Last week, we reported that the spread had moved in our favor, with SLV and GDX sitting just $420 apart.

And this week it’s looking even better.


And because we’re expecting a top-out for silver any day now, we also feel it’s best to close.

Wall Street Elite recommends you consider selling your SLV shares for $16.75 and buying back your GDXs for $20.72, for a total profit of $183 per 100 shares matched (580 – 397).

Hope you went in big.

Gold (GLD) Trade II

Our next trade did not pan out so famously, and therefore requires some reparations.

You’ll recall that back on March 9th we wrote a letter called Gold Tech Wreck in the Making, in which we urged you to sell the GLD May 117 CALL for $1.34 and buy the GLD May 106 PUT for $1.25, for a total credit of $0.09 per pair.

The options expired last Friday, with the former in-the-money and the latter expiring worthless.

And that means we’re underwater.

GLD sits presently at $17.53 after its own heady rise (see below), putting us $0.44 in the hole (53 – 9) and in need of a fix.

Let’s have a look at the chart to determine the best solution for our existing (still paper) loss.


GLD’s jump of the last few days was not as pronounced as SLV’s and her chart is slightly less bullish as result.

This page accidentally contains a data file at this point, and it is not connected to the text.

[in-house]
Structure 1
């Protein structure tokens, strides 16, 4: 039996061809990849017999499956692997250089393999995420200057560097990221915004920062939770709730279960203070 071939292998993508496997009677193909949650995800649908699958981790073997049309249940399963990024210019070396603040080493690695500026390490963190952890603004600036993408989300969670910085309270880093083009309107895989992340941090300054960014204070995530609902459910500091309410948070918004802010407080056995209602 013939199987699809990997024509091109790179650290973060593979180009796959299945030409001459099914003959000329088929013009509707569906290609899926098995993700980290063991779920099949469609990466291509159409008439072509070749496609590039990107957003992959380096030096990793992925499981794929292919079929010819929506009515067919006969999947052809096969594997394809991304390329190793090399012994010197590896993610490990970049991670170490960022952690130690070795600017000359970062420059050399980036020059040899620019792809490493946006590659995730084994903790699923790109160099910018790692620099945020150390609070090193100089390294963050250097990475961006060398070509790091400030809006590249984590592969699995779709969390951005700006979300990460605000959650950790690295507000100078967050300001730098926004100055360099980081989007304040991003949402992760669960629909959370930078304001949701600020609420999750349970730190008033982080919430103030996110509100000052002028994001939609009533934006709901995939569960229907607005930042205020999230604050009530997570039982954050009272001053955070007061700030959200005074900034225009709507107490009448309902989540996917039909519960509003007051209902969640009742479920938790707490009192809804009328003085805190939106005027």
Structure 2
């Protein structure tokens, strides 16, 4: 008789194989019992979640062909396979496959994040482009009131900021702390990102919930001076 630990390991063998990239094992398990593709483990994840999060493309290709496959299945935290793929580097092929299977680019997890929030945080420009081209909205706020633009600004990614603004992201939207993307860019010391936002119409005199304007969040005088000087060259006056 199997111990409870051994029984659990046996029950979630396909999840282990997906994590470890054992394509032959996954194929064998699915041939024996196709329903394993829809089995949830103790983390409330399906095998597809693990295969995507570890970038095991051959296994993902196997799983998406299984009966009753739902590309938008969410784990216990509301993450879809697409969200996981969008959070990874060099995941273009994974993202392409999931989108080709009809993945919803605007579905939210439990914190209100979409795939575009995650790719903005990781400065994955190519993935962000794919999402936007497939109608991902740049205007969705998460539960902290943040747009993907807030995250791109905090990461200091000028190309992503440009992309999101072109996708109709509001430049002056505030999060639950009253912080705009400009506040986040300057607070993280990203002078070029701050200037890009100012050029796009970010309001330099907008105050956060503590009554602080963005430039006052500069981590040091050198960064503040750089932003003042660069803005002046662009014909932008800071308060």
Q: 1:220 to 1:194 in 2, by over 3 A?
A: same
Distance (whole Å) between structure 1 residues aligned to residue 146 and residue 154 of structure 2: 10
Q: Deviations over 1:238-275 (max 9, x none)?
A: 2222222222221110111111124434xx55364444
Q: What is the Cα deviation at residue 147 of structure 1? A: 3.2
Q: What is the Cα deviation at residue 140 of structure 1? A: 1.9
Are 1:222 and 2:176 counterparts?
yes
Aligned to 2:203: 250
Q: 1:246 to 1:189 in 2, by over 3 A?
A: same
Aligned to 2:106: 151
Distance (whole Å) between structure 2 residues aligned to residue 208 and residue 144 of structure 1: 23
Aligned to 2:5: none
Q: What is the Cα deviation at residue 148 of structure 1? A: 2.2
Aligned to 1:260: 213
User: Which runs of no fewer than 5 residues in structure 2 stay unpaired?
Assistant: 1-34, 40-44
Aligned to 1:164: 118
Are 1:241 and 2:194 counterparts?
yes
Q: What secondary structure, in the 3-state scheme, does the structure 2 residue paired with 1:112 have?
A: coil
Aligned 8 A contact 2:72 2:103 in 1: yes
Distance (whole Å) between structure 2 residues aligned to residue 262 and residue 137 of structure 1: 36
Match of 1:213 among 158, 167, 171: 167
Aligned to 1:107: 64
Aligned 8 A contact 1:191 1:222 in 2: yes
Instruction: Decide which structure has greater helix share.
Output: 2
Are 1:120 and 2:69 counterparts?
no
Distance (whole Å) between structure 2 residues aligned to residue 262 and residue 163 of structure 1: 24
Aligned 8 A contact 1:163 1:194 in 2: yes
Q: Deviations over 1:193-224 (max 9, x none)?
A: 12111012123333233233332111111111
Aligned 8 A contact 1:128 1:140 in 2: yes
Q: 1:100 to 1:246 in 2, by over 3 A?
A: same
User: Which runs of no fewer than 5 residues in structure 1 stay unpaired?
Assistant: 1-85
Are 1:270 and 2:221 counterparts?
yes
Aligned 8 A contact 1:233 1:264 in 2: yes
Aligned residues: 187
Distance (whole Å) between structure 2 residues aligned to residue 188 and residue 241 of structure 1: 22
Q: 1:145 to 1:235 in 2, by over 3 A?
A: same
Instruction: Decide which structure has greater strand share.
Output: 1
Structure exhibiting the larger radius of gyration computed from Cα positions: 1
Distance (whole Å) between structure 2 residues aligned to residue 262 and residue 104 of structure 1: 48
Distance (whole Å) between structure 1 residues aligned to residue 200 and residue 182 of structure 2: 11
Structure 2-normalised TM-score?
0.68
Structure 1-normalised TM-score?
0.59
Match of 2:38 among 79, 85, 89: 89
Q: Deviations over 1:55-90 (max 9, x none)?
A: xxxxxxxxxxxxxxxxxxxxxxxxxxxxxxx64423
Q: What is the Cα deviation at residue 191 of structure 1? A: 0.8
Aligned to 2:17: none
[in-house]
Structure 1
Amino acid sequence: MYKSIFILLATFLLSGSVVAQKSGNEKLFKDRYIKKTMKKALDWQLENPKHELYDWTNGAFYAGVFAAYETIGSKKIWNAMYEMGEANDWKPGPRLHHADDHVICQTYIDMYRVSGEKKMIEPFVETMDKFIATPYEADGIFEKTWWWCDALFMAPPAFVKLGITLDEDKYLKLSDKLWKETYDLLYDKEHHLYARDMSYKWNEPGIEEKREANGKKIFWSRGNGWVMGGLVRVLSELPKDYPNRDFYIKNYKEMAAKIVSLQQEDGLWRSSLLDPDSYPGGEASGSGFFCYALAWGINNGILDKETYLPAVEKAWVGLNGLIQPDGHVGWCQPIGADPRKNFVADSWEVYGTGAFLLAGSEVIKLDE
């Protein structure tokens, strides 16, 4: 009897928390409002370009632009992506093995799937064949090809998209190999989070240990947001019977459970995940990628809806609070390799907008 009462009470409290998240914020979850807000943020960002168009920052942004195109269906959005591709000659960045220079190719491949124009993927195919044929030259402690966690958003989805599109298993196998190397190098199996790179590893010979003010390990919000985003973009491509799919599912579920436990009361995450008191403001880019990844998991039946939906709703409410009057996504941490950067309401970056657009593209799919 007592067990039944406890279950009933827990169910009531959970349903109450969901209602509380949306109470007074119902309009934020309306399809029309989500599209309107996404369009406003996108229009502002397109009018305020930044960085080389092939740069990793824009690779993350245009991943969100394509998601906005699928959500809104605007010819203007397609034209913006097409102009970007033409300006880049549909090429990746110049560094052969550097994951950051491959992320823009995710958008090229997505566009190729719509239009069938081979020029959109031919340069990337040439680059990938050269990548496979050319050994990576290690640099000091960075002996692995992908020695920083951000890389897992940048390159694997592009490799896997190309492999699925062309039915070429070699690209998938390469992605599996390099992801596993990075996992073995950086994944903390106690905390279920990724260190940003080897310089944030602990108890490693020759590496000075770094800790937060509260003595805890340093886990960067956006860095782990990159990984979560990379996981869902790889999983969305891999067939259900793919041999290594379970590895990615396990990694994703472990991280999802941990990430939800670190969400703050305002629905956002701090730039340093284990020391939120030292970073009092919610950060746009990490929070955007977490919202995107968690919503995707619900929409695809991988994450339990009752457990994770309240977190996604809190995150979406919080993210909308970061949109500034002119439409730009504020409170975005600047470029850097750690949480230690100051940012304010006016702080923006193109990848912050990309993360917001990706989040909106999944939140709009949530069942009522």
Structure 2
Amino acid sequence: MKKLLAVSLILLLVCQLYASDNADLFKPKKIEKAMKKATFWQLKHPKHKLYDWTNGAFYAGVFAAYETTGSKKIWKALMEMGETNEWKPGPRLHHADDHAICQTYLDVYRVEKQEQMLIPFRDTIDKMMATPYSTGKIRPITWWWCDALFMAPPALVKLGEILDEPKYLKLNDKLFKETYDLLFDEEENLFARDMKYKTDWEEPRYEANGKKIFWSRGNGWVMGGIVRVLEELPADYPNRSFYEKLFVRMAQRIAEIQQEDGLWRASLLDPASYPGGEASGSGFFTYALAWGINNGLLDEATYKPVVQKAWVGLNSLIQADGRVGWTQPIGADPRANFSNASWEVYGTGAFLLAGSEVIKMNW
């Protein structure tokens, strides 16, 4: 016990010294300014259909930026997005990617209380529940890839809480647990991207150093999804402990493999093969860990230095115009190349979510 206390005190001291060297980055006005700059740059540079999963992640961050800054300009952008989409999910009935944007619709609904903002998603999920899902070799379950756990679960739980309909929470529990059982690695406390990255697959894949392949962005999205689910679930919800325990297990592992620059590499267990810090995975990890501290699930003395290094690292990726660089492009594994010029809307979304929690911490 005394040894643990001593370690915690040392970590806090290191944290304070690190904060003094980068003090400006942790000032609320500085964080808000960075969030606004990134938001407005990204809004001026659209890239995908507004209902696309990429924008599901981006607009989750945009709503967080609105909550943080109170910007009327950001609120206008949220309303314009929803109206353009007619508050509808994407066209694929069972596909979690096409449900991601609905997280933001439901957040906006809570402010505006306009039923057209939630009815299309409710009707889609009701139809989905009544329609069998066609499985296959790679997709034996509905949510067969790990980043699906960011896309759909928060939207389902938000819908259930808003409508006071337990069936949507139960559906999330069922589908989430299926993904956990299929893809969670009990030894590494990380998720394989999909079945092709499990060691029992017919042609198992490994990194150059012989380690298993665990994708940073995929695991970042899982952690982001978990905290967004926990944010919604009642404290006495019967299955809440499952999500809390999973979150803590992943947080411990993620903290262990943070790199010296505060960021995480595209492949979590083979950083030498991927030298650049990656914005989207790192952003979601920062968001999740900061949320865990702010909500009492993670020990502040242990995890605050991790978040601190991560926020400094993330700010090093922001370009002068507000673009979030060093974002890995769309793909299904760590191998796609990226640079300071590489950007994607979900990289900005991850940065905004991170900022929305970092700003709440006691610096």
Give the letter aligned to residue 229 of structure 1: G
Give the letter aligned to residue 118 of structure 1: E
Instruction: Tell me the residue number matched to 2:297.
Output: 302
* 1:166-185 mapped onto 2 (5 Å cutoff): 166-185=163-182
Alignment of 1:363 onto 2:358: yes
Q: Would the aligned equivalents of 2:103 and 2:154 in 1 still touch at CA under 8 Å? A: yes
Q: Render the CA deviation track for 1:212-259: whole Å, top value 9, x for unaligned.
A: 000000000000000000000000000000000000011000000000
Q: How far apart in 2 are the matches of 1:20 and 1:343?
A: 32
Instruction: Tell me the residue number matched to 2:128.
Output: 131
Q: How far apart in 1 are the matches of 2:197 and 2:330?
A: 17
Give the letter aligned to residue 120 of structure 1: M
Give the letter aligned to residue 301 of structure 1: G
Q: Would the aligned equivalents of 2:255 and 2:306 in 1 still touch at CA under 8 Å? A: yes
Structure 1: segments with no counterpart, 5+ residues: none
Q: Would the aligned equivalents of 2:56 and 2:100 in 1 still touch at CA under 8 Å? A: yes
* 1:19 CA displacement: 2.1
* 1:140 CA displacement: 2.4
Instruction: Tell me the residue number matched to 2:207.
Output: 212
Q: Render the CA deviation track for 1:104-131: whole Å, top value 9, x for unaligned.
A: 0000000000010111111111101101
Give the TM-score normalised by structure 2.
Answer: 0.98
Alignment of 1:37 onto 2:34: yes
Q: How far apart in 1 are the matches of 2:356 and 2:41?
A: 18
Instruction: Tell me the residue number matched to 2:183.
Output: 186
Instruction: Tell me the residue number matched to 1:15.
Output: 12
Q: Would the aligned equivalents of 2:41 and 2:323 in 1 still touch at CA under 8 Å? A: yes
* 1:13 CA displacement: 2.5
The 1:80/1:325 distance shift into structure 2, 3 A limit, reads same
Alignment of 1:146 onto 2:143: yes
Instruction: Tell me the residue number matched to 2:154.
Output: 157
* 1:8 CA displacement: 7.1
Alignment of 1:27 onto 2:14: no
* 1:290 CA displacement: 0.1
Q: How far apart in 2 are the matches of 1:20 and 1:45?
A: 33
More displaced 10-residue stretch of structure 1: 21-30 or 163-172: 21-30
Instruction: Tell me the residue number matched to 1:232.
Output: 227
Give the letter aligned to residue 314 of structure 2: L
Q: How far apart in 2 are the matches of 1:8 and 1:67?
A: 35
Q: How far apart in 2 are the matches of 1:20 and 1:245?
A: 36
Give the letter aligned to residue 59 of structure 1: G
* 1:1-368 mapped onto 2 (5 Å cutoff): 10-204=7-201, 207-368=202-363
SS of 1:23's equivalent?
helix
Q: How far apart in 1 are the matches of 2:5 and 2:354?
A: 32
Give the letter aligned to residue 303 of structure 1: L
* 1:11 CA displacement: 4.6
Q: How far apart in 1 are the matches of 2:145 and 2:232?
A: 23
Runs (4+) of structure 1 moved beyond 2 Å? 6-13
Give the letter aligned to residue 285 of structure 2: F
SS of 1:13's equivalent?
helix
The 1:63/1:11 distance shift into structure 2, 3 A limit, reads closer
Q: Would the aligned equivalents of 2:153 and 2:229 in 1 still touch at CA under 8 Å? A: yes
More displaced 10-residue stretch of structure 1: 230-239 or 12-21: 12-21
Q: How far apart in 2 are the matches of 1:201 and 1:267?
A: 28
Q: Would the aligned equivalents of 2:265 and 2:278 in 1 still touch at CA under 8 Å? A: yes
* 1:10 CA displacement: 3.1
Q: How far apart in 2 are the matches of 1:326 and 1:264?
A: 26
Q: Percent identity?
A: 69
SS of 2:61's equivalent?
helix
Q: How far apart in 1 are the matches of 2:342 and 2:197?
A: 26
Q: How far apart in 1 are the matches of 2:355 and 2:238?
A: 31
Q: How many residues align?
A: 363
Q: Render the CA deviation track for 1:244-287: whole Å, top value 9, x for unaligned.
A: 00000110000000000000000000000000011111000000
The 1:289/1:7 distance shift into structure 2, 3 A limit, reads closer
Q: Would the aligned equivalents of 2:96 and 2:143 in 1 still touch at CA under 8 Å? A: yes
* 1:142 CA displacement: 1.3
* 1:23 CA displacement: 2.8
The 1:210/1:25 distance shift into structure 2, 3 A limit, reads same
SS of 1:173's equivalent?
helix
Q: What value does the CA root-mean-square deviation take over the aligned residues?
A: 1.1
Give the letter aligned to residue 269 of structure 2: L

That’s why we’re recommending the following –

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Sell the GLD shares you’re now sitting on and, in addition, sell an out-of-the-money CALL to recoup the loss.

Wall Street Elite recommends you 1) close out your long/short SLV – GDX position, as indicated above, and 2) sell one GLD June 121 CALL for every short CALL you originally traded. They now trade for $0.80 each.

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Sell the GLD shares you’re now sitting on and, in addition, sell an out-of-the-money CALL to recoup the loss.

Wall Street Elite recommends you 1) close out your long/short SLV – GDX position, as indicated above, and 2) sell one GLD June 121 CALL for every short CALL you originally traded. They now trade for $0.80 each.


With kind regards,

Hugh L. O’Haynew